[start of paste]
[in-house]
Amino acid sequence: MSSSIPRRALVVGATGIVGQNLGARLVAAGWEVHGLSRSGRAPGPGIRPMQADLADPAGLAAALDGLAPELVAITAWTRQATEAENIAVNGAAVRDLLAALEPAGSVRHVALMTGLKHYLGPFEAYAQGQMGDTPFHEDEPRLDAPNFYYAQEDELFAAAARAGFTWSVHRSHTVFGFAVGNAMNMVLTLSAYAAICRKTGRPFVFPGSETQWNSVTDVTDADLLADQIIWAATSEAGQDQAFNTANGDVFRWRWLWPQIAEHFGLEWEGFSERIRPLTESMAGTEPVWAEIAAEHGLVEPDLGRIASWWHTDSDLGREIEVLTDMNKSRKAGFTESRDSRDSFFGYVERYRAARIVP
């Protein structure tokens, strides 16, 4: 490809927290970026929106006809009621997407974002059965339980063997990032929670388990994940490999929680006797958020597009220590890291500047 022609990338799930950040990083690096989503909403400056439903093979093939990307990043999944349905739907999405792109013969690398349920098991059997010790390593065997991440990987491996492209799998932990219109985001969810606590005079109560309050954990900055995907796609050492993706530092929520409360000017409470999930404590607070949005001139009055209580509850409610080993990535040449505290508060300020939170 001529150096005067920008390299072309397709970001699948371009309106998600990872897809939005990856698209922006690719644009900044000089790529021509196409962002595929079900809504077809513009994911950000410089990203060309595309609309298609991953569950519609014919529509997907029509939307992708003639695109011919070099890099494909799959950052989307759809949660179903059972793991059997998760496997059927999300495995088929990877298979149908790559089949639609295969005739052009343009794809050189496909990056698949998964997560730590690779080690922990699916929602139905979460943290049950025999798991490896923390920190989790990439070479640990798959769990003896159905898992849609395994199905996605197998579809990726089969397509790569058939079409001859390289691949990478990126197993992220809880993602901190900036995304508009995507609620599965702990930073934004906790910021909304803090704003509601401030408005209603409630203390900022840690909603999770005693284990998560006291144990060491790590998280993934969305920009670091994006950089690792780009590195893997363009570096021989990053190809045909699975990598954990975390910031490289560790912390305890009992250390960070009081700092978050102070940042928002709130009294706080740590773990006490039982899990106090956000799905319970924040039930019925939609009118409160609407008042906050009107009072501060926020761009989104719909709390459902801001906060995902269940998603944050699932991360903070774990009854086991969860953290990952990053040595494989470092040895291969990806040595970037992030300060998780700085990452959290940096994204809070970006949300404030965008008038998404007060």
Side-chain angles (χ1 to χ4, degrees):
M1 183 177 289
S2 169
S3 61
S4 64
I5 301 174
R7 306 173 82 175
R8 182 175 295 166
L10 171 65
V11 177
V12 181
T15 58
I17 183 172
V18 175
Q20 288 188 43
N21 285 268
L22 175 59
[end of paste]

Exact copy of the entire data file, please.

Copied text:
[in-house]
Amino acid sequence: MSSSIPRRALVVGATGIVGQNLGARLVAAGWEVHGLSRSGRAPGPGIRPMQADLADPAGLAAALDGLAPELVAITAWTRQATEAENIAVNGAAVRDLLAALEPAGSVRHVALMTGLKHYLGPFEAYAQGQMGDTPFHEDEPRLDAPNFYYAQEDELFAAAARAGFTWSVHRSHTVFGFAVGNAMNMVLTLSAYAAICRKTGRPFVFPGSETQWNSVTDVTDADLLADQIIWAATSEAGQDQAFNTANGDVFRWRWLWPQIAEHFGLEWEGFSERIRPLTESMAGTEPVWAEIAAEHGLVEPDLGRIASWWHTDSDLGREIEVLTDMNKSRKAGFTESRDSRDSFFGYVERYRAARIVP
């Protein structure tokens, strides 16, 4: 490809927290970026929106006809009621997407974002059965339980063997990032929670388990994940490999929680006797958020597009220590890291500047 022609990338799930950040990083690096989503909403400056439903093979093939990307990043999944349905739907999405792109013969690398349920098991059997010790390593065997991440990987491996492209799998932990219109985001969810606590005079109560309050954990900055995907796609050492993706530092929520409360000017409470999930404590607070949005001139009055209580509850409610080993990535040449505290508060300020939170 001529150096005067920008390299072309397709970001699948371009309106998600990872897809939005990856698209922006690719644009900044000089790529021509196409962002595929079900809504077809513009994911950000410089990203060309595309609309298609991953569950519609014919529509997907029509939307992708003639695109011919070099890099494909799959950052989307759809949660179903059972793991059997998760496997059927999300495995088929990877298979149908790559089949639609295969005739052009343009794809050189496909990056698949998964997560730590690779080690922990699916929602139905979460943290049950025999798991490896923390920190989790990439070479640990798959769990003896159905898992849609395994199905996605197998579809990726089969397509790569058939079409001859390289691949990478990126197993992220809880993602901190900036995304508009995507609620599965702990930073934004906790910021909304803090704003509601401030408005209603409630203390900022840690909603999770005693284990998560006291144990060491790590998280993934969305920009670091994006950089690792780009590195893997363009570096021989990053190809045909699975990598954990975390910031490289560790912390305890009992250390960070009081700092978050102070940042928002709130009294706080740590773990006490039982899990106090956000799905319970924040039930019925939609009118409160609407008042906050009107009072501060926020761009989104719909709390459902801001906060995902269940998603944050699932991360903070774990009854086991969860953290990952990053040595494989470092040895291969990806040595970037992030300060998780700085990452959290940096994204809070970006949300404030965008008038998404007060």
Side-chain angles (χ1 to χ4, degrees):
M1 183 177 289
S2 169
S3 61
S4 64
I5 301 174
R7 306 173 82 175
R8 182 175 295 166
L10 171 65
V11 177
V12 181
T15 58
I17 183 172
V18 175
Q20 288 188 43
N21 285 268
L22 175 59